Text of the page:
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Health risks will affect Graco workers' premiums

The manufacturer is leading a trend of rewarding employees who make their health a priority.

By CHEN MAY YEE, Star Tribune
Last update: October 18, 2009 - 12:13 AM

At the Minneapolis headquarters of Graco Inc., employees have been disappearing into conference rooms a lot recently.

The agenda isn't business -- it's health.

In the rooms, temporarily partitioned for privacy, they're having their blood pressure, cholesterol and height and weight measured. The readings will help determine their health premiums next year.

Graco is on the leading edge of the next trend in encouraging employees to get healthier and, presumably, hold down medical costs. Many companies already reward employees who sign up for diet, exercise or smoking cessation classes. But in Graco's case, workers actually have to keep their weight, cholesterol and blood pressure levels within a healthy range -- and not smoke -- to get a premium discount.

The idea is controversial. But since many of Americans' most common and most costly afflictions -- diabetes, heart disease, some cancers -- stem in large part from behavior, some employers are starting to argue that employees could do more to prevent them. Or pay the price.

The current debate over health care legislation in Washington is likely to fuel the controversy. Federal law already allows employers to offer premium discounts up to 20 percent on health insurance for those who take part in wellness programs, and bills in Congress could raise that to 30 percent, or as high as 50 percent.

"People who have higher risk are going to pay a little more, like auto insurance or home insurance," said Dave Delahanty, a Minneapolis-based benefits consultant at Watson Wyatt. "They're more expensive to insure."

Delahanty said he's aware of a handful of Minnesota companies that have gone as far as Graco, and predicts many will follow.

Ever-rising costs

Employers, who continue to sponsor health coverage for almost 60 percent of Americans, have struggled

Many employers also began subsidizing gym memberships and offering wellness coaching. But medical costs still went up.

Several years ago, employers began asking workers to fill out health risk questionnaires designed to predict -- and ideally avert -- health problems. Employees who filled out the form often got a lower deductible.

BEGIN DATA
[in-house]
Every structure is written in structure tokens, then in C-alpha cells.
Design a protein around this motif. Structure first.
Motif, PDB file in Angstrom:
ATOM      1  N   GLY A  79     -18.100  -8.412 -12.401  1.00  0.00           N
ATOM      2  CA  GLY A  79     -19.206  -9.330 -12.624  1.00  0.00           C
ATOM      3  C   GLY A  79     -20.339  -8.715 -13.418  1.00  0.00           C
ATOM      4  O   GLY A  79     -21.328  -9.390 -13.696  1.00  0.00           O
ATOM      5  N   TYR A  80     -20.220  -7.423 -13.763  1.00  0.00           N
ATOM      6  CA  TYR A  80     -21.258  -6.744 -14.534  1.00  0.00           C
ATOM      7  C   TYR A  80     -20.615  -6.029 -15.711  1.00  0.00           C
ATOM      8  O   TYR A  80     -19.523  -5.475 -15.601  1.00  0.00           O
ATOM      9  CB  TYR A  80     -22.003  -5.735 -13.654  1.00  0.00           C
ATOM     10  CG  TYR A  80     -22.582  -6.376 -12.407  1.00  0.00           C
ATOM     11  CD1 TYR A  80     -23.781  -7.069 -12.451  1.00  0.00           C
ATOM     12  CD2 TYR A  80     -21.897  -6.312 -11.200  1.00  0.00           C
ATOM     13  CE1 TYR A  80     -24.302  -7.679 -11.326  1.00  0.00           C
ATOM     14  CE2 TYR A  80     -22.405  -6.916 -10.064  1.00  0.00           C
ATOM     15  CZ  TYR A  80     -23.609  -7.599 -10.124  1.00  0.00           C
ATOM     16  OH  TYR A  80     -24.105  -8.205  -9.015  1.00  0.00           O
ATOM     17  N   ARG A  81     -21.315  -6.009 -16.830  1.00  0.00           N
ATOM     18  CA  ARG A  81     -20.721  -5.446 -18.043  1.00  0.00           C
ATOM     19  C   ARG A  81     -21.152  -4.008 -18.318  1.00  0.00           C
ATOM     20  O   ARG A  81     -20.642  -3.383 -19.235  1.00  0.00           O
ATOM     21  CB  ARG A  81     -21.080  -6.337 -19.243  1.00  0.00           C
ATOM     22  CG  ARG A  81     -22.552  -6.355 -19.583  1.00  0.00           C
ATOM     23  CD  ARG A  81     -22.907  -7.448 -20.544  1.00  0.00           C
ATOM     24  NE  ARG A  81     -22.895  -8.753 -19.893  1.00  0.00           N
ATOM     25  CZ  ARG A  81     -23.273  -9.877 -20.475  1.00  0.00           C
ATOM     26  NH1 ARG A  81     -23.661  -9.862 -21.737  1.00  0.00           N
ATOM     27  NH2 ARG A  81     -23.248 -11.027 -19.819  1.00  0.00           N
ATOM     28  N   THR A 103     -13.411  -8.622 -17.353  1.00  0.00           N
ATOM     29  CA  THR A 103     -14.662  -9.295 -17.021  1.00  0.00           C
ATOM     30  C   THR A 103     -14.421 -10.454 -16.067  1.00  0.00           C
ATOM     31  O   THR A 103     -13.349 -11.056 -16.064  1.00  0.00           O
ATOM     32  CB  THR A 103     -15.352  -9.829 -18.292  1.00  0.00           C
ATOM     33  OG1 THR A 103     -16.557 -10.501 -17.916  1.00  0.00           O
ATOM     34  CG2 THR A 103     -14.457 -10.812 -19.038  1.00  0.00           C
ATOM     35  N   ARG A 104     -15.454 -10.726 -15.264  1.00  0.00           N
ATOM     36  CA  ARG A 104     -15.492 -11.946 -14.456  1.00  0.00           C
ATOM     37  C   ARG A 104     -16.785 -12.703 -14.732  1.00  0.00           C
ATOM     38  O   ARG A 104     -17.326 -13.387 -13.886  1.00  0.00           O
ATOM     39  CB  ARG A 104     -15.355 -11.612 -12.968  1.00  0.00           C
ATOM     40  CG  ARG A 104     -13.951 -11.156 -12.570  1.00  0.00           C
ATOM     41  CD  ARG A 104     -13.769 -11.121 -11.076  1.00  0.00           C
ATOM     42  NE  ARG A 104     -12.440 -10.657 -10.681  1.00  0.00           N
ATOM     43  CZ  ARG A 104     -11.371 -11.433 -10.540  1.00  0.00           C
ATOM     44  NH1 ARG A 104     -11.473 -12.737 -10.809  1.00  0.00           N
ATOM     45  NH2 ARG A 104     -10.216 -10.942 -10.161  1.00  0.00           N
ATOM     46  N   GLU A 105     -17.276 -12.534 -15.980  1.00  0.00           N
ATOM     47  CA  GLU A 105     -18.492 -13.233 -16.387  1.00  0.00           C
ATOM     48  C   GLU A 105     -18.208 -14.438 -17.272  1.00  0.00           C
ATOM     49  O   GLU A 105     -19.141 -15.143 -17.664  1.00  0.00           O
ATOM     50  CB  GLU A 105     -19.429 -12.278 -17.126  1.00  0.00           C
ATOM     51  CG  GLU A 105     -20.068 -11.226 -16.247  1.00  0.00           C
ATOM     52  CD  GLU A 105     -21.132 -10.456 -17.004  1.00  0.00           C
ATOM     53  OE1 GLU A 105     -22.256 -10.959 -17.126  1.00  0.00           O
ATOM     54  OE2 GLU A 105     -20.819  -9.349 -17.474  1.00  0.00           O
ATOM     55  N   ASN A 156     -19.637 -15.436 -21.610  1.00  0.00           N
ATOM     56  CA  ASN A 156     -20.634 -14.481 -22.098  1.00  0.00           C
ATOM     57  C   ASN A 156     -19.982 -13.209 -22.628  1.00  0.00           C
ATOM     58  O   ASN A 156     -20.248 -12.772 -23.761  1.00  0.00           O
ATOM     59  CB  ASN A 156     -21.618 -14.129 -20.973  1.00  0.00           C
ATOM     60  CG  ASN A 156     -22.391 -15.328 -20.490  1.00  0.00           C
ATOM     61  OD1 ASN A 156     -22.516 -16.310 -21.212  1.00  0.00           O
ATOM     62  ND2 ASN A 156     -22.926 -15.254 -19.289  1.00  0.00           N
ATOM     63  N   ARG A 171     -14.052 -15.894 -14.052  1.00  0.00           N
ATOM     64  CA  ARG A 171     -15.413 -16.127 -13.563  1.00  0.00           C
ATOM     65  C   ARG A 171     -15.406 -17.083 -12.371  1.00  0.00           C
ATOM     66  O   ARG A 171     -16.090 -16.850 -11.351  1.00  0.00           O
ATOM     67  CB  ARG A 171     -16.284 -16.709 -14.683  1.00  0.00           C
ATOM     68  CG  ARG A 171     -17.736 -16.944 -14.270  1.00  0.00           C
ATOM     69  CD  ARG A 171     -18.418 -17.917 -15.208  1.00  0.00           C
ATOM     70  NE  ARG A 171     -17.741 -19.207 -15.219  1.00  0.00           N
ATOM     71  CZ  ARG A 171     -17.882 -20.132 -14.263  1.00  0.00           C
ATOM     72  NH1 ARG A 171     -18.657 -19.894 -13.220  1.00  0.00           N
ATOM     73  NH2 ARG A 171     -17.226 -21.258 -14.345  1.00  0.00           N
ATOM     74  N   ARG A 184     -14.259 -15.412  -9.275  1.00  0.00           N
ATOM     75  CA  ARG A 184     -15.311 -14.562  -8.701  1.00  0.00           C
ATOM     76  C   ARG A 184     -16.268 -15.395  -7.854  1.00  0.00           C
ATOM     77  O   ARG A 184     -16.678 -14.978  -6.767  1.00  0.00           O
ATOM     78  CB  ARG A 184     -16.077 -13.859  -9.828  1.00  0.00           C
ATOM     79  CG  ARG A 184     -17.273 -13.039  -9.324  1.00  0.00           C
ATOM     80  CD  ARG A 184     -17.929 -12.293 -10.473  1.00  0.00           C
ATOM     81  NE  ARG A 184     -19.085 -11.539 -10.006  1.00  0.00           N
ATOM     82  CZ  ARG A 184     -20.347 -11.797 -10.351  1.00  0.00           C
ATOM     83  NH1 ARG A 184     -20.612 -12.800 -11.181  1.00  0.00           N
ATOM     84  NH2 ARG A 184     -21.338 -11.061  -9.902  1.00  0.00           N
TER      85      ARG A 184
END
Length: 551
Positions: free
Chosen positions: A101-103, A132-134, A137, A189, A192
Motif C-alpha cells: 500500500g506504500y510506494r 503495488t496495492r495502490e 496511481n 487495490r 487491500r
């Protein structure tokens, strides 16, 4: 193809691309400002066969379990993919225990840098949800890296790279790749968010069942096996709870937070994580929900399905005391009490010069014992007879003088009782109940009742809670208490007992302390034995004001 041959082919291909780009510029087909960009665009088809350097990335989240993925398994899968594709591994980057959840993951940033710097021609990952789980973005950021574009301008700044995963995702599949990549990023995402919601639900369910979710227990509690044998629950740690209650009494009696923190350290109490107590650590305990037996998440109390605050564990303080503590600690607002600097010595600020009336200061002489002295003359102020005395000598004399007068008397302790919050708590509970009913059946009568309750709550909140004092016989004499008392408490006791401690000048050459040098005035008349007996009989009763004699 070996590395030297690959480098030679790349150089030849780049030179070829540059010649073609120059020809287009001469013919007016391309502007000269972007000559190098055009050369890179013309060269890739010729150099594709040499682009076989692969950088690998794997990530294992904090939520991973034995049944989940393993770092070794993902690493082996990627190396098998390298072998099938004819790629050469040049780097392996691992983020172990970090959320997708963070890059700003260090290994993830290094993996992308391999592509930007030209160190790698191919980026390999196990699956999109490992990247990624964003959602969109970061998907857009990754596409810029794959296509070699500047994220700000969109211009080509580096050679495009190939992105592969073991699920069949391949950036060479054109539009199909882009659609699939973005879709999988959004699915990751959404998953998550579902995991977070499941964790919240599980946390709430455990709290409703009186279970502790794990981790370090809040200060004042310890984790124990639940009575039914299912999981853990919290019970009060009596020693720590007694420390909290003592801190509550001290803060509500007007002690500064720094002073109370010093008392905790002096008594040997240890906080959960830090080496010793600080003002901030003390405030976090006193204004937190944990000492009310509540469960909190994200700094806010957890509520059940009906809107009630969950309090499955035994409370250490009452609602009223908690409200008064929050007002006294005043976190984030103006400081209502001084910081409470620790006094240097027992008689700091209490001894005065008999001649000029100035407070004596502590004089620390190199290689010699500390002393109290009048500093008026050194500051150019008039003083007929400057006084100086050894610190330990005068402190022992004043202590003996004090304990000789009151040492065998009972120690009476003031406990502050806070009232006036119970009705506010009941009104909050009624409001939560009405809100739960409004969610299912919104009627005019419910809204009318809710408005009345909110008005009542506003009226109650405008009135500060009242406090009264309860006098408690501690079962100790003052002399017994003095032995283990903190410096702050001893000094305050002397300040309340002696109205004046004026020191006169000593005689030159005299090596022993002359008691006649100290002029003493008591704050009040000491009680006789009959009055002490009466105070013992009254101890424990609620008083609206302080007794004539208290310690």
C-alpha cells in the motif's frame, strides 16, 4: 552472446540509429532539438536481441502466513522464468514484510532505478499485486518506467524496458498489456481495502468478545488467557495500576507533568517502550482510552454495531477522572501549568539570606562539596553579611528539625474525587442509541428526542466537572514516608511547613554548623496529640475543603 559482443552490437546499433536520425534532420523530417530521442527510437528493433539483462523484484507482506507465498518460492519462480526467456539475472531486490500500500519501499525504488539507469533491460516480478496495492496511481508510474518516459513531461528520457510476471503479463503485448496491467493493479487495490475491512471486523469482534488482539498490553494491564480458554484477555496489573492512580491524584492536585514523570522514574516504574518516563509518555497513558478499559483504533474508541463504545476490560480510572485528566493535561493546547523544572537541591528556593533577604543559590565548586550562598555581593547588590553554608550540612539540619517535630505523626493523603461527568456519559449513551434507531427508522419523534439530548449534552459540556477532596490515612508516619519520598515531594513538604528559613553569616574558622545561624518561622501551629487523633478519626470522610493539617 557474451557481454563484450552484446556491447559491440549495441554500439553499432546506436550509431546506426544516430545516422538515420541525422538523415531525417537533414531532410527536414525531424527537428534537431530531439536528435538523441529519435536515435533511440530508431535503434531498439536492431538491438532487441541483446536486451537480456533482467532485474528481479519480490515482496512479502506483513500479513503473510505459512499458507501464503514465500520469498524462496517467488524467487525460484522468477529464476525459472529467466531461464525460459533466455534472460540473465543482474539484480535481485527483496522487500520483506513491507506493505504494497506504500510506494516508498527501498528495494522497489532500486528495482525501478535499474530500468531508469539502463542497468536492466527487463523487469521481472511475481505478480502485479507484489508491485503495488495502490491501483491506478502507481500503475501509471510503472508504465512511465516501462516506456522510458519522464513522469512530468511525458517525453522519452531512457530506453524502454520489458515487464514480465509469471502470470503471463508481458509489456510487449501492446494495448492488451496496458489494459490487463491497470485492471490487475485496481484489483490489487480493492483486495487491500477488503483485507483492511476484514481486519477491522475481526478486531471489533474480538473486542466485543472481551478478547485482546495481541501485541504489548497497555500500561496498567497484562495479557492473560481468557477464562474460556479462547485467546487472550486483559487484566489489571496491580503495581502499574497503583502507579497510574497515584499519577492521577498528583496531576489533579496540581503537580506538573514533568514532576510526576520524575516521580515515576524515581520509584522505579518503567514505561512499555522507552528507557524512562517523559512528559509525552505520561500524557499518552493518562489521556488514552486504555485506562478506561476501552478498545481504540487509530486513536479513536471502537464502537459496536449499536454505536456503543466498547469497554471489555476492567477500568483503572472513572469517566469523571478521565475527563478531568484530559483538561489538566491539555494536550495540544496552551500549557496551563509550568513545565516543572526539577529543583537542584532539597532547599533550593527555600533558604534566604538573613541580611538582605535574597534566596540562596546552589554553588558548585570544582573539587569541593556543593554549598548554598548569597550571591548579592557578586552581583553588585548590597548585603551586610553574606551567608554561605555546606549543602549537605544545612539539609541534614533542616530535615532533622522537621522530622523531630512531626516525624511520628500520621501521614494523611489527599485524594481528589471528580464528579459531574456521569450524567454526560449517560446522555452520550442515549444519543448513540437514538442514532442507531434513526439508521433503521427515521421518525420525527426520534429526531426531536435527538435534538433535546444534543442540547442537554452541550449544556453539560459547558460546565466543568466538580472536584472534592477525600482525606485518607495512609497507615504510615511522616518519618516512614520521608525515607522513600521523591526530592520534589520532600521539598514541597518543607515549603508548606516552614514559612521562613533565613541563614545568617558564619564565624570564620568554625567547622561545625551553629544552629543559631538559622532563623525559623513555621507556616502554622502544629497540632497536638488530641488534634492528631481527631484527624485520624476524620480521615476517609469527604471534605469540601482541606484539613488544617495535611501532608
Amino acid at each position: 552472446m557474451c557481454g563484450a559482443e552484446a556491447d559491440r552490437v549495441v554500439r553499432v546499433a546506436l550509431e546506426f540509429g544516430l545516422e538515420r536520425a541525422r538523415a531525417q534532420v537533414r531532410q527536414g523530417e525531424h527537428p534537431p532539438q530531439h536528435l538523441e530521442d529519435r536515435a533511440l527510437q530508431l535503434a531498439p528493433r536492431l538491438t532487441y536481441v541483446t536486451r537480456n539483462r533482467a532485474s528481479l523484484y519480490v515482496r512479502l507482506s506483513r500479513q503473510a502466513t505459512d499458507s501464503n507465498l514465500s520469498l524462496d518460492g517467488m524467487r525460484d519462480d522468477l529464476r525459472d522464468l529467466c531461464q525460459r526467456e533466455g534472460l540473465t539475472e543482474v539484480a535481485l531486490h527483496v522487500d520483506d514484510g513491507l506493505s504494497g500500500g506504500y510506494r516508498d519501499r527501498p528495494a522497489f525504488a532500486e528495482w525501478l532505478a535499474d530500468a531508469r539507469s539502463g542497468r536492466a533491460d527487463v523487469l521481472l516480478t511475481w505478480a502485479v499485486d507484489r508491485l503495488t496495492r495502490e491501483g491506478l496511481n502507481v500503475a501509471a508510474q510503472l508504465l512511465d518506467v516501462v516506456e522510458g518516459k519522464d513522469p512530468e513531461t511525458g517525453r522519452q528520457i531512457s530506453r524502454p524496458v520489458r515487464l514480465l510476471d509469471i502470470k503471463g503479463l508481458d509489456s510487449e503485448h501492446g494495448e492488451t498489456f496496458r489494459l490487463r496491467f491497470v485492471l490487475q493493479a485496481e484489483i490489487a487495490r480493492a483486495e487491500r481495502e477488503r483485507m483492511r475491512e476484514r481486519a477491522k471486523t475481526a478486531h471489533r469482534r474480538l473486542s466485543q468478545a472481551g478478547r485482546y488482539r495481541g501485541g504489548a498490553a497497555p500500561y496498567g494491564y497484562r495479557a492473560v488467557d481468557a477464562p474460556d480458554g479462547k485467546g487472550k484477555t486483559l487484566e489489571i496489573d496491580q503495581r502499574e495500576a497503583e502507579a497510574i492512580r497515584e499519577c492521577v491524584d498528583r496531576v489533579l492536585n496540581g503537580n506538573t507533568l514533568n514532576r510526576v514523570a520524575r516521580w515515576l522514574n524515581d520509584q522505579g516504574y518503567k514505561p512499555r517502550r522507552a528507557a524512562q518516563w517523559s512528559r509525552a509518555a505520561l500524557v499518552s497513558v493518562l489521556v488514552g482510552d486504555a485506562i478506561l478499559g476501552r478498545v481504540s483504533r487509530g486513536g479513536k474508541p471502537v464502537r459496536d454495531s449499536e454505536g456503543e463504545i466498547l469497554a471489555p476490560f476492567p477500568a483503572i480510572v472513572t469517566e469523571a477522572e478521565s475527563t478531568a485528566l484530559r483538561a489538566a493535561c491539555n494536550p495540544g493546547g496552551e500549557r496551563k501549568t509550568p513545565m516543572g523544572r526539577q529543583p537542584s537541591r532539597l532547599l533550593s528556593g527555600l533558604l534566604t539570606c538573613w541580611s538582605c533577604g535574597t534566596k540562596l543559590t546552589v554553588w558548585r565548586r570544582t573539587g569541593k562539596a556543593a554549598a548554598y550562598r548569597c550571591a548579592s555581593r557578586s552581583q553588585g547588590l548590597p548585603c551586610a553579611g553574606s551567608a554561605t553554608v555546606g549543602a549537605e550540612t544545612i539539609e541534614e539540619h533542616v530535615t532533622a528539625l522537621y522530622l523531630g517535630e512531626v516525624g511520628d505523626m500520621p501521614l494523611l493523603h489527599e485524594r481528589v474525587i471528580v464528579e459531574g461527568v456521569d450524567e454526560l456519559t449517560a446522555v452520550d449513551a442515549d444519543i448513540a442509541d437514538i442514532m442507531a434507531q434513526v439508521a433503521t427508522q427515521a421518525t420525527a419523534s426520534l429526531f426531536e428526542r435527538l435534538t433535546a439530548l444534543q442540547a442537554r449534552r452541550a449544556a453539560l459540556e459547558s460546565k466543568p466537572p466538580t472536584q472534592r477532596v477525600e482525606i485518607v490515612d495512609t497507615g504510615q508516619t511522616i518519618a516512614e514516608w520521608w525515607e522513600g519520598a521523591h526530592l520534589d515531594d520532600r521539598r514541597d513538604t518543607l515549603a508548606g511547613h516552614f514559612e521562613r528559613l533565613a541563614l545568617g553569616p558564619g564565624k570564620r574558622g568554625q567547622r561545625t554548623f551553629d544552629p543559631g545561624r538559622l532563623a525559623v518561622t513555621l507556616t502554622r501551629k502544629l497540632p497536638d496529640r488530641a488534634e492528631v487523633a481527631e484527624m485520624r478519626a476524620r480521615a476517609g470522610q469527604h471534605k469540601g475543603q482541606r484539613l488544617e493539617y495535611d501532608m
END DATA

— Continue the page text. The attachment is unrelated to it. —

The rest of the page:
Even so, employers were getting only about 75 percent of employees to answer the questionnaires. Worse, they soon realized it was the remaining 25 percent who incurred the highest medical costs. In short, the sickest people weren't participating, making it harder for employers to intervene.

More recently, employers started measuring so-called "biometric'' indicators, such as blood pressure, cholesterol and height and weight, a measure of obesity.

"A lot of employers are starting to think beyond the health risk questionnaire," said Blaine Bos, a Minneapolis-based partner at the benefits consultant Mercer.

The most visible example nationally is Safeway Inc., the grocery chain. Employees who are obese and smoke, for example, pay a higher premium. If they lose weight and quit smoking within a certain time, they are reimbursed the premium difference.

The Safeway plan is voluntary and covers 74 percent of its insured, nonunion workforce. It has kept health care costs flat for four years, chief executive Steven Burd wrote recently in the Wall Street Journal.

Graco's experiment

Graco, a large Minneapolis-based manufacturer of fluid-handling equipment, prides itself on providing a generous health plan for its employees, many of whom have been with the company for years. Graco employs 1,500 people in the United States, most of them in Minnesota.

Employees are on a traditional preferred provider plan with deductibles of $250 for an individual and $500 for families. But after five years of health care costs rising 8 to 16 percent annually, Graco officials decided they had to do something more.

for years with rising health care costs. Each year, the most common response is to make employees pay a higher portion of premiums and higher deductibles and copays.